How to Make a Career Change

So you have reached a point in your career where you are ready for something new. The job you have just isn’t fulfilling or challenging enough, or you’re incredibly unhappy and need to find something that you’re happier doing. It’s time for a career change.

But how do you go about making the change? What sort of challenges will you face?

Making a career change is not easy, but you can do it.

You are Your Biggest Obstacle

You know yourself best. If you can look at your situation objectively and see the telltale signs - you dread going to work every day, you dislike many aspects of either your position or your organization - then you know you need to change it. There is always fear when trying something new or different. There’s the fear of a possible salary cut, not having support, of starting over again and having to work from the bottom up (especially if you’ve already put in quite a few years at your current organization or you are closer to retirement).

These fears are all stemmed from yourself. Only you can decide if you’re going to take the plunge and change careers. How important is it to you to do what makes you feel more fulfilled in an unfulfilling or dead-end job?  Think about your desires in life - how do you want to feel when you wake up every morning? This is about your life, your health and relationships.


You’re Lost with Where To Go

Maybe you have figured out that you need to make a change, but your mind is a complete blank when it comes to where you’d like to go or what you’d like to be doing instead. Set aside some time to make lists of things like your strengths and passions, and research what sort of careers line up with those skills and abilities. Assess yourself and your situation, and what is best for you. You can also read some books or guides on how to choose your next career, or take some psychometric tests that will help you find your ideal industry.

Have a Solid Support System

One thing you should know when taking on a career change is not to go into it alone. Make sure you have a good support system in place, whether it be a spouse, family member, or close friend. It can even help to have a career or lifestyle coach to help you along. This can help with getting through your fears because your support will be there to cheer for you to take the leap and make the changes you need to. Not to mention, they can be there to help bounce ideas off of when you’re figuring out your next steps, or utilize to shadow if one of your friends or family has a career that you are interested in pursuing.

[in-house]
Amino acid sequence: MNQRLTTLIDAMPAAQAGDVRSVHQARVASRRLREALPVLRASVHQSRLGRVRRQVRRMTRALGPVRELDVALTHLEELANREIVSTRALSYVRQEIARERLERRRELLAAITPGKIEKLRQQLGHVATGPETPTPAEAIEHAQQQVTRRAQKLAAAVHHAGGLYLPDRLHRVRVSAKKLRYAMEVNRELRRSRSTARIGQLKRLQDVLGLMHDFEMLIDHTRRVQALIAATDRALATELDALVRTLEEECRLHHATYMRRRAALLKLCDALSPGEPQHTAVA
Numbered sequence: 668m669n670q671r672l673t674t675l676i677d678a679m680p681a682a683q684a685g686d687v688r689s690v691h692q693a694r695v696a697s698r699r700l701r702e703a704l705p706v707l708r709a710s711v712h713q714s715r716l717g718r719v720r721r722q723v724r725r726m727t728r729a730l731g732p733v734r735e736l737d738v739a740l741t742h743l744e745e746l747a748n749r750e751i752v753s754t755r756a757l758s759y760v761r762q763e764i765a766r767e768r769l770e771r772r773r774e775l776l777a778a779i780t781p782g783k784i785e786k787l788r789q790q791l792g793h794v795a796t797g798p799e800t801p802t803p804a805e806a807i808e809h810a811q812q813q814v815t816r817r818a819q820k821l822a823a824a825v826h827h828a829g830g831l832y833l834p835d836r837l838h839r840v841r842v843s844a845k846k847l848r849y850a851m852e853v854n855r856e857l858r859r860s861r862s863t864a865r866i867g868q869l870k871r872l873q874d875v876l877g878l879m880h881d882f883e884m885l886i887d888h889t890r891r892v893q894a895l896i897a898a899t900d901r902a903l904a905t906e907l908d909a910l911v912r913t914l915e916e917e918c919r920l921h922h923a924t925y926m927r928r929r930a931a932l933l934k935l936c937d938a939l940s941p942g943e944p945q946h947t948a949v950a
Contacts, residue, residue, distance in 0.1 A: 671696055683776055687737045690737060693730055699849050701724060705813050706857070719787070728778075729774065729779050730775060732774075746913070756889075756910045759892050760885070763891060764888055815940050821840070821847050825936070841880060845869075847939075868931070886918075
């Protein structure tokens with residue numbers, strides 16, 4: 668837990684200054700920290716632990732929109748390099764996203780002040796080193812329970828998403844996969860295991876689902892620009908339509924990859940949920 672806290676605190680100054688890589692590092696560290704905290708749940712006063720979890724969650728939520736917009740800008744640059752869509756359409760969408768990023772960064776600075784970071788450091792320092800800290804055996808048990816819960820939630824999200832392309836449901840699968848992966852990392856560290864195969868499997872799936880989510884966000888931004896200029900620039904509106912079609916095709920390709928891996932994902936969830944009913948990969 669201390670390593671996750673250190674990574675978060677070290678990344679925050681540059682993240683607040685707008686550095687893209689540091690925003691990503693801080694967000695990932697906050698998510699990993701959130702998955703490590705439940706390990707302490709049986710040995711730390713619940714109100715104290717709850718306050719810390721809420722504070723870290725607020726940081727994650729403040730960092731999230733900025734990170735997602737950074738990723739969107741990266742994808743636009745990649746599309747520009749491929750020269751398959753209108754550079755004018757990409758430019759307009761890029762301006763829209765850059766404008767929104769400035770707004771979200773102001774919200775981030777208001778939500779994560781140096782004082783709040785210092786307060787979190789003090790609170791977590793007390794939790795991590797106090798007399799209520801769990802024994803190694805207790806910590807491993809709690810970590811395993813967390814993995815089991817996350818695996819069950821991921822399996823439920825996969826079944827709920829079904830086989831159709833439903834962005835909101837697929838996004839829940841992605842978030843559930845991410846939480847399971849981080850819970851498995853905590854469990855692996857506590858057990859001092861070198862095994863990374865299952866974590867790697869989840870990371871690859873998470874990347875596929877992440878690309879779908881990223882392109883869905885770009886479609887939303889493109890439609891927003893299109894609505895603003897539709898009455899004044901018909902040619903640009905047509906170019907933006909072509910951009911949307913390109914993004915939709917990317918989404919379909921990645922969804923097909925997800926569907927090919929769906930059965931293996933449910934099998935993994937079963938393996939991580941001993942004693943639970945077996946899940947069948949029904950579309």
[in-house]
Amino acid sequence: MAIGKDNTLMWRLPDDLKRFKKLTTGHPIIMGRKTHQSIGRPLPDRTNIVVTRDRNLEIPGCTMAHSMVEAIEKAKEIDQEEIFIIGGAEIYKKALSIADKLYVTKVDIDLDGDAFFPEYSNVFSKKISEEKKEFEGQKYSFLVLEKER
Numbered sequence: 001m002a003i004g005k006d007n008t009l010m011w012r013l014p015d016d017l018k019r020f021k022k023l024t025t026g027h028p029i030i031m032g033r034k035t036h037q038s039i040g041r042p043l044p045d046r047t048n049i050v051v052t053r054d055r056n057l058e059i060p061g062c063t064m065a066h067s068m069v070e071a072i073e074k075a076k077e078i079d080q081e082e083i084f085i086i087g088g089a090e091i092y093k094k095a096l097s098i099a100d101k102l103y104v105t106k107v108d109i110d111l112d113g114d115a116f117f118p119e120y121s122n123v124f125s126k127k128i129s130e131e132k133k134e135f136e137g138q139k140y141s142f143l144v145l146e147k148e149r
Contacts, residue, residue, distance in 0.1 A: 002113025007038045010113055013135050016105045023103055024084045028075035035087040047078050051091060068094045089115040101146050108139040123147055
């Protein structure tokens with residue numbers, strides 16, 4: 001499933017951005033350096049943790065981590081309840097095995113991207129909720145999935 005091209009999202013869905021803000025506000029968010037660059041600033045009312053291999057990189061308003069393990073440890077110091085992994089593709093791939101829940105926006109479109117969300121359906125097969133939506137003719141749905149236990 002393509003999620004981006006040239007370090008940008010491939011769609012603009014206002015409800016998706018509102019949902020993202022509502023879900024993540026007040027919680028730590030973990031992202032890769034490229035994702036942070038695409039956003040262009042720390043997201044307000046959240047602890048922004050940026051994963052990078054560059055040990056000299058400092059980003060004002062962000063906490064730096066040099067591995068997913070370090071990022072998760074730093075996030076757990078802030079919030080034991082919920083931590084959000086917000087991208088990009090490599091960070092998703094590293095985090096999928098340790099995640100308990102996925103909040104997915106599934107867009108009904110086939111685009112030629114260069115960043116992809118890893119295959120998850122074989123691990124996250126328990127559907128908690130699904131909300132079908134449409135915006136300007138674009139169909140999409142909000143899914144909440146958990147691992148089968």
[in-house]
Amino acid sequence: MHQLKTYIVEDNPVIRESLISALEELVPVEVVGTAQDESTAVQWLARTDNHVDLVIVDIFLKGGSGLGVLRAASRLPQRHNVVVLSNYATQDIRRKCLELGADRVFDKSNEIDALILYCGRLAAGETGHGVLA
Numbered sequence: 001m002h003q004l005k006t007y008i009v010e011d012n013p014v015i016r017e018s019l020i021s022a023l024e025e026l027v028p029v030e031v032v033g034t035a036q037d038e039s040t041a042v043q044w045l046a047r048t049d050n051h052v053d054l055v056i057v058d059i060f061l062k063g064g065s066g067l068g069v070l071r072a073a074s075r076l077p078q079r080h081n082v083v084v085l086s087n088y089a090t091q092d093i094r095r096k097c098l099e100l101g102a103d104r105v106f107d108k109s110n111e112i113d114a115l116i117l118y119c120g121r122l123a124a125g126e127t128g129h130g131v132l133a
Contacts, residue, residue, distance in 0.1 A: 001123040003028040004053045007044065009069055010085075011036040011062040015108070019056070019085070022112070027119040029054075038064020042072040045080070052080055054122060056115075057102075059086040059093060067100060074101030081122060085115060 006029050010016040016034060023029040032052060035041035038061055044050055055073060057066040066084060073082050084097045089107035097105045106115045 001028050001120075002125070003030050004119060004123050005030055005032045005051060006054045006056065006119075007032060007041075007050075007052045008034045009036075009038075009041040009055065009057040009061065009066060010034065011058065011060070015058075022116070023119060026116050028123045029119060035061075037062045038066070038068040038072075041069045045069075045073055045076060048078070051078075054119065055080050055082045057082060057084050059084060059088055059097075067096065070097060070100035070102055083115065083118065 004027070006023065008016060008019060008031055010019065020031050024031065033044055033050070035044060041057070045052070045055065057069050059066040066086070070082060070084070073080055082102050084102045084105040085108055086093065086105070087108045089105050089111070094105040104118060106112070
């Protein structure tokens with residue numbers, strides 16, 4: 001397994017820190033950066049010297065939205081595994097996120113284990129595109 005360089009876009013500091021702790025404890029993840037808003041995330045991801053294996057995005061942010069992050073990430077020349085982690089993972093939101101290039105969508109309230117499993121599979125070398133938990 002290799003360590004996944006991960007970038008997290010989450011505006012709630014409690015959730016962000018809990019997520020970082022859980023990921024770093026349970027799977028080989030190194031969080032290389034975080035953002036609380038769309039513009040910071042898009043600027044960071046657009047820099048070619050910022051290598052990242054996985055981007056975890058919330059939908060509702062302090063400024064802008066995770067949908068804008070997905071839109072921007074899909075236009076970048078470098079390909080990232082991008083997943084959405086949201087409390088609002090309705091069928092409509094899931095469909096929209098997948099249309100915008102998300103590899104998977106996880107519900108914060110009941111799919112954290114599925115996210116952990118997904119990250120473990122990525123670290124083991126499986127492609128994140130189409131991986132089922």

"Make sure you have a good support system in place, whether it be a spouse, family member, or close friend."

Do it on the Side, to Start

When you have figured out what career you want to go into, and what piques your interest, but you’re still too scared to jump right into it, then consider doing it on the side for a while. Many people choose to take on side gigs while still keeping their full-time employment to see where it takes them, and this could be a great option to get you started on your transition into a new career. It’s worth looking into possible side jobs or ways you can start.

Set Goals & Get Training

Be proactive and put your plan to change careers into motion. Start setting some goals of where you’d like to be at 3, 6, 12 months from now. Put a plan into place that you can follow so that you’re more likely to achieve it. Setting a timeline puts more pressure on you to get it done, and helps create the self-discipline that you will need to set yourself up for the change. If it helps, write down your goals and your action plan to getting them done. Put dates on your calendar of where you’d like to be in your job searching and interviewing by a certain time, so you can follow through.

It also helps if you take some training, especially if the field or industry you’re interested in going into requires more training. If you are truly ready to change career paths, it is important to take note of what requirements, licenses or certifications you might need to give you an edge on the competition.

Once you have taken the steps to start in your new career path, make sure you plan how you will handle the interview process. Chances are that the hiring manager(s) will want to know why you are making a career change and it is important to steer the conversation in a way that helps you to shine. Making the change doesn’t mean that you have to backtrack; just apply your knowledge, skills, and experience to a new area and lead you to feel more fulfilled and happy in your career.

Are you ready?!